- Daily Zen
Musk was quote saying,” I think there are too many M.B.A.s running companies.”
Elon Musk, the maverick entrepreneur, innovator, risk-taker billionaire is a notoriously hard-working individual who thinks nothing of putting in an 85-hour week. The man behind Tesla, Boring Company and SpaceX has some insights into what goes into making a successful entrepreneur.
He says, “It is important to view knowledge as sort of a semantic tree – make sure you understand the fundamental principles, i.e., the trunk and big branches, before you get into the leaves/details or there is nothing for them to hang on to.”
Musk is the epitome of the modern polymath going against the grain of specialization. The SpaceX founder believes that knowledge needs a solid base before anyone ventures into it deeper details or there is nothing for them to hang on to.
He believes in honing yourself as a generalist, i.e. gain expertise in various disciplines, industries, skills, and topics. Polymaths throughout history, such as Leonardo da Vinci, Thomas Edison, and Nikola Tesla, have made innovative use of such broad knowledge.
A deep knowledge of various disciplines allows you to combine all that you have learned to move forward and innovate and think out-of-the-box, he says.
Musk has read widely since adolescence to satisfy his thirst for knowledge, and establishing a varied and methodical reading habit is useful for any aspiring generalist.
At the annual summit held by The Wall Street Journal’s CEO Council, Musk talked of his leadership beliefs and the qualities that hone it.
He was very dismissive of the management education and what M.B.A.’s bring to the table. “I think there are too many M.B.A.s running companies,” the Tesla chief said. “There’s the M.B.A.-ization of America, which I think is maybe not that great. There should be more focus on the product or service itself, less time on board meetings, less time on financials.”
He said executives were too much concentrated in giving powerpoint presentations and poring over spreadsheets than what was happening on the factory floor or with the customers that the service or product was being built for.
He once said in an interview that he hired people, despite their having an M.B.A. rather than because of it.
Business school faculties were not very happy with Musk’s comments on the quality of education imparted to M.B.A.s. They insist that his observations are not true, and far from the actual reality of what is taught in M.B.A. programs. They say more students than ever are pursuing the graduate degree. “I have nothing but the utmost respect for Elon, but he’s wrong to focus the blame on M.B.A.s,” said Robert Siegel, a lecturer in management at the Stanford Graduate School of Business. “I think he’s got a strong element of truth of what leaders should be focused on, but he is completely off base talking about M.B.A.s.”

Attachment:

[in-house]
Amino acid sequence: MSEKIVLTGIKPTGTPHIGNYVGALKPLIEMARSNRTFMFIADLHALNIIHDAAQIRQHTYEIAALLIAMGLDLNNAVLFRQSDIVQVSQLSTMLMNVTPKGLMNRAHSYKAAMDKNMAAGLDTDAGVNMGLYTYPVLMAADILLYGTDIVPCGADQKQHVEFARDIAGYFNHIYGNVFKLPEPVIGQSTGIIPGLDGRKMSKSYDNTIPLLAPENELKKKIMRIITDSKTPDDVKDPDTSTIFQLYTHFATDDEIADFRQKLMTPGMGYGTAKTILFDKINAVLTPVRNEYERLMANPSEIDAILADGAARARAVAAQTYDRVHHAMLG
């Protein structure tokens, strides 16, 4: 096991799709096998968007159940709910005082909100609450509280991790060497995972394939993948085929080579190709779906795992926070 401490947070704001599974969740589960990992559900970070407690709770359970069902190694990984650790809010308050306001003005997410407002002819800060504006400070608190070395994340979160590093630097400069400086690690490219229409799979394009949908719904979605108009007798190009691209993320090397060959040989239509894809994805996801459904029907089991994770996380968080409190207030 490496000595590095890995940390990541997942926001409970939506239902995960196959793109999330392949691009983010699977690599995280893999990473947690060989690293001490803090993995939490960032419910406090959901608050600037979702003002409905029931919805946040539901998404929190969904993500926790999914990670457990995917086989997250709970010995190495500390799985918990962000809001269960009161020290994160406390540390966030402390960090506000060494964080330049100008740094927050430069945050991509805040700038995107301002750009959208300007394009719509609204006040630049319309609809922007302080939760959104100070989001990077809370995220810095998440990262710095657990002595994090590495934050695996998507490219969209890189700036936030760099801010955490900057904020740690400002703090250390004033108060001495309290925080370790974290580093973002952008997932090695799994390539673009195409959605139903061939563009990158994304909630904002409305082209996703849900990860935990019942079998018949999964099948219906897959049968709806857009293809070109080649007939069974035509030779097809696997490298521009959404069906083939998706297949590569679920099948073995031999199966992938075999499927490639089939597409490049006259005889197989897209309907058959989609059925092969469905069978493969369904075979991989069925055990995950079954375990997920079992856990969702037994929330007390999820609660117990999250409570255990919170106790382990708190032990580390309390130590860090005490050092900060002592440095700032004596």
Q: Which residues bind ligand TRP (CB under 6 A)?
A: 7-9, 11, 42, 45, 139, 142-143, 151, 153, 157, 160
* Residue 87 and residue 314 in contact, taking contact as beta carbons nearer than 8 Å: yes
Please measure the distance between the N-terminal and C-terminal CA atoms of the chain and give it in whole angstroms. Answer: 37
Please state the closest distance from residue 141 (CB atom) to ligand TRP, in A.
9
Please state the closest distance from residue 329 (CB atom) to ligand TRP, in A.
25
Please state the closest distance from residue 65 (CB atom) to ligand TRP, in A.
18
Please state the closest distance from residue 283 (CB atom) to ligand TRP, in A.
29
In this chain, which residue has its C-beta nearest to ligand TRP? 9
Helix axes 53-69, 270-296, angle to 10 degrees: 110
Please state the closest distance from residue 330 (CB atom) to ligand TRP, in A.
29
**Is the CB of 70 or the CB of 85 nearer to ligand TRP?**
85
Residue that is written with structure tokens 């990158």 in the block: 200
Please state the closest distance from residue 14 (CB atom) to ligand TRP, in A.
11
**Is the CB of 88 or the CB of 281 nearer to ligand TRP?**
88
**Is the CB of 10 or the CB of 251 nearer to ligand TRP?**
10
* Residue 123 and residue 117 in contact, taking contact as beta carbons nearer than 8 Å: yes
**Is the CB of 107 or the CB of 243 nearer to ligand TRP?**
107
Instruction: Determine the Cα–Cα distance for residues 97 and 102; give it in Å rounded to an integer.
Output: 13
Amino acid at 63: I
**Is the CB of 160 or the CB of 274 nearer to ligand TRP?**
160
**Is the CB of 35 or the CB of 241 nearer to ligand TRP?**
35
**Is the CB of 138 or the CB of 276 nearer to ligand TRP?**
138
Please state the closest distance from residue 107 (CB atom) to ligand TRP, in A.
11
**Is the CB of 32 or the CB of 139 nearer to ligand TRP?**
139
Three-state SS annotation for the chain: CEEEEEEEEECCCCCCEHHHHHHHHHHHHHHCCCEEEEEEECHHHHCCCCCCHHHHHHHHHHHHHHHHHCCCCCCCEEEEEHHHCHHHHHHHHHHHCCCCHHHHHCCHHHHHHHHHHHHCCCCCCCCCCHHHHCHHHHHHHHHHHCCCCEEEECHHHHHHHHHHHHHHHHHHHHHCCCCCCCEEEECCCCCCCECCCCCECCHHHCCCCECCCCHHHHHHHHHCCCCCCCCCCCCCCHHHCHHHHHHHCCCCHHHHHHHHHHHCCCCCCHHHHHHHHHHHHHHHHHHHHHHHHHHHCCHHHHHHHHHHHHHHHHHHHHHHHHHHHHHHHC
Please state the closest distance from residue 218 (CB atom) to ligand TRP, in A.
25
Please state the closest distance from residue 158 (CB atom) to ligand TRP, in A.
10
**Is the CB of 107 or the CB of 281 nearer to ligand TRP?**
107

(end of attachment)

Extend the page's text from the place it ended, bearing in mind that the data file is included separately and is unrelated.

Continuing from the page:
Teachers say that the program is wholesome and gives full exposure to customer engagement. The students are also encouraged to pitch their own ideas and entrepreneur efforts to venture capitalists.
Elon Musk believes that there should be more focus on the product or service itself, less time on board meetings, less time on financials.
Glenn Hubbard, the former dean of Columbia Business School, said, “He is a visionary, but many CEOs do well at vision and execution with the benefit of an M.B.A., or with a strong team of M.B.A.s.”
Dan Rasmussen, a partner at investment firm Verdad Advisers in Boston, said he agreed with Musk’s questioning of the value proposition of business education. He has published a report in 2019 that shows going by performance based on stock price returns, CEOs with M.B.As do not do better than others.
“What Musk is pointing out here is rewarding doers rather than focusing on airy concepts such as management,” Rasmussen said. “I’m in favor of a society that favors doing and action rather than pedigree. People devoted to the company might be better or equal to a star M.B.A. that got head-hunted into the company.”
Peter Thiel, the venture capitalist and co-founder of PayPal with Musk, once said: “Never ever hire an M.B.A.; they will ruin your company.”
Out of the top 100 CEOs in the Fortune 500, roughly a third holds a master’s in business administration, according to the U.S. News Best Business School rankings.
The top five M.B.A. programs have churned out most of these CEOs, the most popular being the Harvard Business School. JPMorgan Chase & Co. chief James Dimon and Lawrence Culp Jr., the CEO of General Electric Co., are the prestigious college’s alums. Stanford has produced General Motors Co. CEO Mary Barra and Capital One Financial Corp. CEO Richard Fairbank.